Hitting the Bull's Eye With Uncanny Accuracy
Jag Bhalla posts (13 July) in Scientific American HERE
“Science’s Mobile Army of Metaphors”
“Metaphors are our shortest stories. They are economical explanations that shape our understanding (itself a “mobile army of metaphors”). But badly mixed metaphors from physics and biology animate economics, creating “confusion’s masterpiece.” Another Shakespearean phrase, “invisible hand,” is partially to blame.
Science’s theories—its verifiable stories—also use metaphors. Some are loose analogies, others formal models. Orthodox economics abuses both kinds, misapplying oversimplified evolutionary ideas, like survival of the fittest, within an ill-fitting framework from physics. Its conceptual skeleton is: rational self-interest in competitive markets, led by an invisible hand, creates the best social equilibrium.
But, as I’ve described, biological and economic self interest are different. And what economists call rational can produce poor, sometimes even self-undermining, results.
Adam Smith made “invisible hand” famous. He first used the phrase in his History of Astronomy: “nor was the invisible hand of Jupiter…employed,” to mean that nothing supernatural was needed to explain physical phenomena. Smith lectured on Shakespeare, and likely knew the phrase from Macbeth (misdeeds are hidden by night’s “bloody and invisible hand”).
But “invisible hand” emergent equilibria in economics, evolution, and physics are crucially different. Self-organization—parts spontaneously creating ordered wholes—seems “natural.” But it’s usually also dumb. Humans can do better.
Evolution’s “invisible hand” story, typically sold as biology’s great “unregulated” competitions (thereby ignoring widespread cooperation) produces unintelligently designed results and regularly delivers foreseeable disaster. Narrowly self-interested competition in biology doesn’t guarantee efficient outcomes. And it can be as dumb as trees in economics. Social coordination can be less wasteful and more productive, if intelligently done.
General Equilibrium theory in economics was developed under the guidance of a physicist, Josiah Gibbs, who Einstein called “the greatest mind in American history”. Gibbs invented statistical mechanics to describe the behavior of large ensembles, like gases. Its metaphoric appeal for economics is obvious. However the “invisible hand” equilibria of physics emerge from parts interacting with uniform predictable consistency. But people aren’t like gas particles or biological billiard balls. We evolved behavioral flexibility and complex interdependent variable reactions.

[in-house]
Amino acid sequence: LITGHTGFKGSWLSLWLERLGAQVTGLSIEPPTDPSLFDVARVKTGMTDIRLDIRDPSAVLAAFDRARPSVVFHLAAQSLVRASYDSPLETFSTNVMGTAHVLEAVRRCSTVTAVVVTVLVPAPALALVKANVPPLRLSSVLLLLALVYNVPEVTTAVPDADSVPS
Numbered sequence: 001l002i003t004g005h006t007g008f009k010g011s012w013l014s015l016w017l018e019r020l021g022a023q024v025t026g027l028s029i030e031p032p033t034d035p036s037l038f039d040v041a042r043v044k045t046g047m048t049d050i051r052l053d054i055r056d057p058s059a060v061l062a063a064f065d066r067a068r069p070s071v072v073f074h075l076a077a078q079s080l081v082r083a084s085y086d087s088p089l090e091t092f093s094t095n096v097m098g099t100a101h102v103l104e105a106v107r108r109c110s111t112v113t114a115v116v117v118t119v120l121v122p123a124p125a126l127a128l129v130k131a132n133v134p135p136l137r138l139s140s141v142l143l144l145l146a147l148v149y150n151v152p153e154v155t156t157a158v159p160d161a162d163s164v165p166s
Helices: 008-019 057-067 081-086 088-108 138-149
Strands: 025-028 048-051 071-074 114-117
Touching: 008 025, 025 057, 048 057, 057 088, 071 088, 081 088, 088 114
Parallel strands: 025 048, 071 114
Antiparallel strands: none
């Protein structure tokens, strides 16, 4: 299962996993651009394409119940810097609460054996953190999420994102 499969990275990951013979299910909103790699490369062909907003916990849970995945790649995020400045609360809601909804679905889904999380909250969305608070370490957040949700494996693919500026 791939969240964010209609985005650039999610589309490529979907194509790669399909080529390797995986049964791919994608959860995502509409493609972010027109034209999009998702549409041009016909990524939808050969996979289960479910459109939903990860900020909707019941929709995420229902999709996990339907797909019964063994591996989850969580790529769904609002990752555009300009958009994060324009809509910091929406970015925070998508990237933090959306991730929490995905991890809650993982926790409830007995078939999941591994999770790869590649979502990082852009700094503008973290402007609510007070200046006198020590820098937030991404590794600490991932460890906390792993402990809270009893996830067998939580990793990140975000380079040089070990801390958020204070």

Newton’s science is, metaphorically and fundamentally different than Darwin’s. Newton’s systems have clockwork causality; they converge on mechanically calculable patterns. Physicists have invented powerful mathematical tools for predicting their development and specific results. But Darwin described an open, generative, and divergent process with less predictable effects. Its general shape is describable by the mathematical methods of physics, but its specific outcomes aren’t so predictable (e.g. evolution, unlike anything in physics, needs game theory).
Evolution gave us capacities for intelligence, foresight, and social coordination. With these we can avoid the dangers of dumb “invisible hand” self-organization. It fits not our nature to ignore them. Such sub-natural metaphors of human nature exclude what’s best about us.”
There is hardly anything I would disagree with this post in “Scientific American”. It hits the bull’s eye with uncanny accuracy.
I would add what I hope is an helpful observation.
While the use of the metaphor in Shakespeare’s MacBeth is correct, the history of the “invisible hand” metaphor goes back much further to classical and medieval times (See Emma Rothschild, “Economic Sentiments: Adam Smith, Condorcet and the Enlightenment”, 2001, pp. 116-56, Harvard), and John Harrison, “Adam Smith and the History of the Invisible Hand”, History of Ideas, 2010). The metaphor was widely used in Smith’s times, often by preachers, using it theologically (including Hugh Blair, a popular sermoniser, and close friend of Smith’s).
However, the main thrust of Jag Bhalla’s column is an excellent account of the use of metaphors in science and highly relevant to Smith’s use of this particular one (and its misplaced use by many modern economists).